FCC chairman Ajit Pai said he is not planning on issuing a rulemaking on Section 230 before he exits the commission Jan. 20. He also said of the violence at the Capitol this week that it was a "terrible mistake" for the President to suggest the results of the election could be changed.
Pai said he would not second guess the decisions by Twitter and Facebook to shut down Trump's accounts, which came in the wake of what has been labeled an insurgency and coup attempt by some of the President's followers.
Asked to comment on the violence at the Capitol and whether the President bore any responsibility for it, Pai said that "the scenes we saw were outrageous and extremely disappointing to those of us who cherish American democracy," including the peaceful transition of power.
"I think it was a terrible mistake to suggest that the results of the election and particularly the process that culminated in the Senate and the House [counting electoral vote] could in any way be changed. That was a terrible mistake and one that I do not believe should have been indulged."
Asked about Section 230, the Communications Decency Act provision which protects website publishers from liability over third-party statements, Pai said: "I do not intend to move forward with a notice of proposed rulemaking," he said in an interview for C-SPAN's The Communicators series, confirming what many already assumed given the outcome of the election.
Pai had announced back in October his plan to take up the issue of web sites' Section 230 immunity from civil liability for content posted on their sites, but with the change in administration he had not been expected to have the time to push that through, particularly given that a Democratic FCC could simply undo it.
Pai had also been advised by congressional Democrats to stand down from any controversial decisions after Joe Biden's election win.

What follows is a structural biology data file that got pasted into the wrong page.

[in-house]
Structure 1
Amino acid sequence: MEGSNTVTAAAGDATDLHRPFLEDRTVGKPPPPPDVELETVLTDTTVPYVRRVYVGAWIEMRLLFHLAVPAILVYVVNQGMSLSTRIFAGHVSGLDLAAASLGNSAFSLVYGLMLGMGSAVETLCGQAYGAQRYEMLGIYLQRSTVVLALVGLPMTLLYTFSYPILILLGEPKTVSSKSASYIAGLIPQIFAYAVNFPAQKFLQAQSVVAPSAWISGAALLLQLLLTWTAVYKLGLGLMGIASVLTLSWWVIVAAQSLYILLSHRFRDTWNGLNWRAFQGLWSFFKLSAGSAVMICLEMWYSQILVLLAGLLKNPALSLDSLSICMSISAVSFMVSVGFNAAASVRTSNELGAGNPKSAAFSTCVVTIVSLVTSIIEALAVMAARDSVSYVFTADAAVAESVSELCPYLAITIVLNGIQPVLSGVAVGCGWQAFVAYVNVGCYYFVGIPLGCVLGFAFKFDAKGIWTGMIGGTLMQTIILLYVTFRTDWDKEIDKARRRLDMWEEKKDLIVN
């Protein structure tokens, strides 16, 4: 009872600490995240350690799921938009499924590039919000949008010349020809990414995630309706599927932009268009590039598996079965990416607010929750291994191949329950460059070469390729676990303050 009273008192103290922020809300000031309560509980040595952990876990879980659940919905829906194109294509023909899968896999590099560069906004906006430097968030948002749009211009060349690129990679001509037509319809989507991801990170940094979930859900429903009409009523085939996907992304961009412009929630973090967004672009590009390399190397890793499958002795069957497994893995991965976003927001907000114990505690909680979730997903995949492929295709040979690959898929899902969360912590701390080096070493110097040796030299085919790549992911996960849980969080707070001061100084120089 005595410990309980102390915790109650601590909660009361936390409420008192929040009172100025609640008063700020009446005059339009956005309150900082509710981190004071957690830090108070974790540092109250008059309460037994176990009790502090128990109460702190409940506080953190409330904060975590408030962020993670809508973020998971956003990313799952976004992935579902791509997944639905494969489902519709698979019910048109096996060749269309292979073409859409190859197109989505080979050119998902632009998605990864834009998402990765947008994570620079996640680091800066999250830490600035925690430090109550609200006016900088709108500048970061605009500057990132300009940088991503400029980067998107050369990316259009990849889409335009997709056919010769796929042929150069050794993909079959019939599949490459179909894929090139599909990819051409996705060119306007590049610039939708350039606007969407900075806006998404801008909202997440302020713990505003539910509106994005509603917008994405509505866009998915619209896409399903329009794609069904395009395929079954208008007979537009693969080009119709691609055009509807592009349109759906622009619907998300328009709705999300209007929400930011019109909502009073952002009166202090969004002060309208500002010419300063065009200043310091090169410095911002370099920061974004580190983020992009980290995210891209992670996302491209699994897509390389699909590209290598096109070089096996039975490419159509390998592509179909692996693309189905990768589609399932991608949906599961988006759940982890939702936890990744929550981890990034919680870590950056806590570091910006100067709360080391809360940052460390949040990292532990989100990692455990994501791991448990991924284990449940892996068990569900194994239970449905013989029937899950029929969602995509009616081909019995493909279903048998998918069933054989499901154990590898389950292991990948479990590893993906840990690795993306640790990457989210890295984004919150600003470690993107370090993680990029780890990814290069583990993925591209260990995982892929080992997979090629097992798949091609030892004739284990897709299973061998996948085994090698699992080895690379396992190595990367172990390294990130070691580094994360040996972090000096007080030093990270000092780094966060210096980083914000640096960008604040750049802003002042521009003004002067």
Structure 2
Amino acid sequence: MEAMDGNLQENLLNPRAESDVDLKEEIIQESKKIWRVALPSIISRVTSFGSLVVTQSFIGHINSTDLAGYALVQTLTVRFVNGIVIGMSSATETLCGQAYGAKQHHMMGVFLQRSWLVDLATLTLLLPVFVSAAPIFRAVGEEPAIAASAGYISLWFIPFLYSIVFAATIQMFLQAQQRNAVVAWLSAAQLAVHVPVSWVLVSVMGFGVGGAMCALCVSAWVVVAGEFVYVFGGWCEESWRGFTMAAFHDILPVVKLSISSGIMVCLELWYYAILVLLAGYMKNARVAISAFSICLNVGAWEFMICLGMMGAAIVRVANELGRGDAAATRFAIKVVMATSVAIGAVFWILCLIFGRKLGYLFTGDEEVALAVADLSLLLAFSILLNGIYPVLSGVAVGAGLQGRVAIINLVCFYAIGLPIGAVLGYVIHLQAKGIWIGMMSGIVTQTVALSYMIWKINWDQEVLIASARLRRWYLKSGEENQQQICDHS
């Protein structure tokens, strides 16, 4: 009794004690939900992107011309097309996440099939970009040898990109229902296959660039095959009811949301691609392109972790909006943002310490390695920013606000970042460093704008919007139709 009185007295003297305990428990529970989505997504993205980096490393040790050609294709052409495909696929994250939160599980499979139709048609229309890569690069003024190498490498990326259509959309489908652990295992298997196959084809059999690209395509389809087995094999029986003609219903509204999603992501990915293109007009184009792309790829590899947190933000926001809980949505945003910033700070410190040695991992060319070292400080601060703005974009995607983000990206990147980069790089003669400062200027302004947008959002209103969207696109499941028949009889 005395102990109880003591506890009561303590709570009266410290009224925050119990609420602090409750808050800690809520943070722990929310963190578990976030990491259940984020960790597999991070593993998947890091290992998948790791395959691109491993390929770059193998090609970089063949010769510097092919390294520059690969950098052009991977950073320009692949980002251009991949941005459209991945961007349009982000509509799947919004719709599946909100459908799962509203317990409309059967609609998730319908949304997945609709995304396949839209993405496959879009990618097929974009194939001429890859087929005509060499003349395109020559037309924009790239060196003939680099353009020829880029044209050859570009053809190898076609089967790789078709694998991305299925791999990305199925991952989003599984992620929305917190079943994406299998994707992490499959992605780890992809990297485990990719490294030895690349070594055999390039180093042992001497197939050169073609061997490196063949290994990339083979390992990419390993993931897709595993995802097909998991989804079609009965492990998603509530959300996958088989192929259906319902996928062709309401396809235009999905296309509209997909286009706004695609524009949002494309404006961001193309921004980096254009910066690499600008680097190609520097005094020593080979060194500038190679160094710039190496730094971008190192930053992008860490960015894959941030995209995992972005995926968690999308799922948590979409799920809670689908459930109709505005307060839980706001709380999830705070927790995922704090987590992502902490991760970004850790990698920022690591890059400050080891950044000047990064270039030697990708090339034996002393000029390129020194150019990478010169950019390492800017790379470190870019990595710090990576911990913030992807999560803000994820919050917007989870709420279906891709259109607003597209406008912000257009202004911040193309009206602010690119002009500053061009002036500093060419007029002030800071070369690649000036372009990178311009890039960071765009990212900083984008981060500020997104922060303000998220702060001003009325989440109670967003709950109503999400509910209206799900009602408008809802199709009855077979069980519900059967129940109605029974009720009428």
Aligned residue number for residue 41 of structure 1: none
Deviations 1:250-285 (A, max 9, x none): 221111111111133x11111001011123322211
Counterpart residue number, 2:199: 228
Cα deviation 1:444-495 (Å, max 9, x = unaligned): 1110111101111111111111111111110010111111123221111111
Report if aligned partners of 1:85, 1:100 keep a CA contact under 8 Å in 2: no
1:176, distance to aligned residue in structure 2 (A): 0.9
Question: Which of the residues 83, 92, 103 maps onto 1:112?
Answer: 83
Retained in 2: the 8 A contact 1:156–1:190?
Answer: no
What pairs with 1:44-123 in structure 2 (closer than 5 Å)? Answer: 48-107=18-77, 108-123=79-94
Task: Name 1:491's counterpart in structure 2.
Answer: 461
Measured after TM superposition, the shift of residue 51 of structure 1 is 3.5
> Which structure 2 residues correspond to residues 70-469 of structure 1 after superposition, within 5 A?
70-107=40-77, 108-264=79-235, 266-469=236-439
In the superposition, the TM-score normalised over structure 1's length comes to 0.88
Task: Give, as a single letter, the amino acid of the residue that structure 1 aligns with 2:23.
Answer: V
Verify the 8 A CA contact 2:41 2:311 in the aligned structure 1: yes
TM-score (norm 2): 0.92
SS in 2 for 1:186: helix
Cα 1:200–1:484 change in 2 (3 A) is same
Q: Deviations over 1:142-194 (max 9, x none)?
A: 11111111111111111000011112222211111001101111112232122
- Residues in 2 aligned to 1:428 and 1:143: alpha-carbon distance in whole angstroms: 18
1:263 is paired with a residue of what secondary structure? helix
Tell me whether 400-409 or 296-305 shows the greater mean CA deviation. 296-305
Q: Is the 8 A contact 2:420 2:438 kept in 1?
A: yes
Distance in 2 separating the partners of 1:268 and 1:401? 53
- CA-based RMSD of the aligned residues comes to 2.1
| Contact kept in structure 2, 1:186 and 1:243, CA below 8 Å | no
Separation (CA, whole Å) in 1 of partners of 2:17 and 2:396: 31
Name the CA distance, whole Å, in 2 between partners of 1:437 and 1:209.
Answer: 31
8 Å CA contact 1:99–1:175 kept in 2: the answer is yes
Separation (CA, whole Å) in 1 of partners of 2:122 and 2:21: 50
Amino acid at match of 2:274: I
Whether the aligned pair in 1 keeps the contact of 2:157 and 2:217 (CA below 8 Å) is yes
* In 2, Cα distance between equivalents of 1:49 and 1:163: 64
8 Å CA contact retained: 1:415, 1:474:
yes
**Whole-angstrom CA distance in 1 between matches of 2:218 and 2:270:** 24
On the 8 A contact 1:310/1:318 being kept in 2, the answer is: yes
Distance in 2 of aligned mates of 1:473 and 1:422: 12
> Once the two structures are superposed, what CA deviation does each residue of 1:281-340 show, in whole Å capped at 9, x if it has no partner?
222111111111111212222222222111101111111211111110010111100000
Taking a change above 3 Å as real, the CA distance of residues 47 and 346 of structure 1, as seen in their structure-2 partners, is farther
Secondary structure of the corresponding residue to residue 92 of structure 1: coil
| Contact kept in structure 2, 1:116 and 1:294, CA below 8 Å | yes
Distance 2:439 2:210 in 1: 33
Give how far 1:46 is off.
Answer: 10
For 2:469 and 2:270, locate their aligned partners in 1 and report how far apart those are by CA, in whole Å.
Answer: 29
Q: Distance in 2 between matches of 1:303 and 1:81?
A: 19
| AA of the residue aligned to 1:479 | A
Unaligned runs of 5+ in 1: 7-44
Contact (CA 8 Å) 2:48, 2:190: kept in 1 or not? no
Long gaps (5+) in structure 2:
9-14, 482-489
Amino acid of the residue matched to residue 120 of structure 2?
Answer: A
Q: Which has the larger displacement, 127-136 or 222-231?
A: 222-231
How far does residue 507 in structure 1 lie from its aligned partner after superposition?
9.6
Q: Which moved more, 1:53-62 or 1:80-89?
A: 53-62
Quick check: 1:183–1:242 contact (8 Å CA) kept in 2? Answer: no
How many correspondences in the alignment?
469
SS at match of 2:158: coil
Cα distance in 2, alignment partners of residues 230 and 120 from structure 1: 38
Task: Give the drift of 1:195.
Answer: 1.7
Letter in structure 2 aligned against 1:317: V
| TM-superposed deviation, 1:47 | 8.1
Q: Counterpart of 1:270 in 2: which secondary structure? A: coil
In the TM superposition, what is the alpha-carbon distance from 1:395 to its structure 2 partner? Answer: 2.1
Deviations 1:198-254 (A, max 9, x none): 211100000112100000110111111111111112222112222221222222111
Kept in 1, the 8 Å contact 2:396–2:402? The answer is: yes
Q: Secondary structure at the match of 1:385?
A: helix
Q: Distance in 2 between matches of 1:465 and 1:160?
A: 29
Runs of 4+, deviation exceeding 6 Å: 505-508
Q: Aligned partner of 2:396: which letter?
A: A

Now that the Senate will be under Democratic control, a Democratic FCC majority will be installed more quickly than was likely if the Senate had stayed in Republican hands, further lessening the likelihood that a Republican take on Section 230 would stick.
Pai said the decision was in part because with the change in administration there was not time to complete the administrative steps, which would have meant putting the proposal out for public comment before making any decision. "Given that reality, I do not believe it is appropriate to move forward."
The chairman said he did not plan to resign early, as have some other Trump appointees in protest, at least not before the FCC's Jan. 13 public meeting.
The Communicators episode with Pai airs on C-SPAN at 10:30 p.m. ET Friday, Jan. 8, and Saturday, Jan. 9, at 6:30 p.m. ET. It also airs Monday, Jan. 11, at 8 a.m. and 8 p.m. ET on C-SPAN2.
Contributing editor John Eggerton has been an editor and/or writer on media regulation, legislation and policy for over four decades, including covering the FCC, FTC, Congress, the major media trade associations, and the federal courts. In addition to Multichannel News and Broadcasting + Cable, his work has appeared in Radio World, TV Technology, TV Fax, This Week in Consumer Electronics, Variety and the Encyclopedia Britannica.
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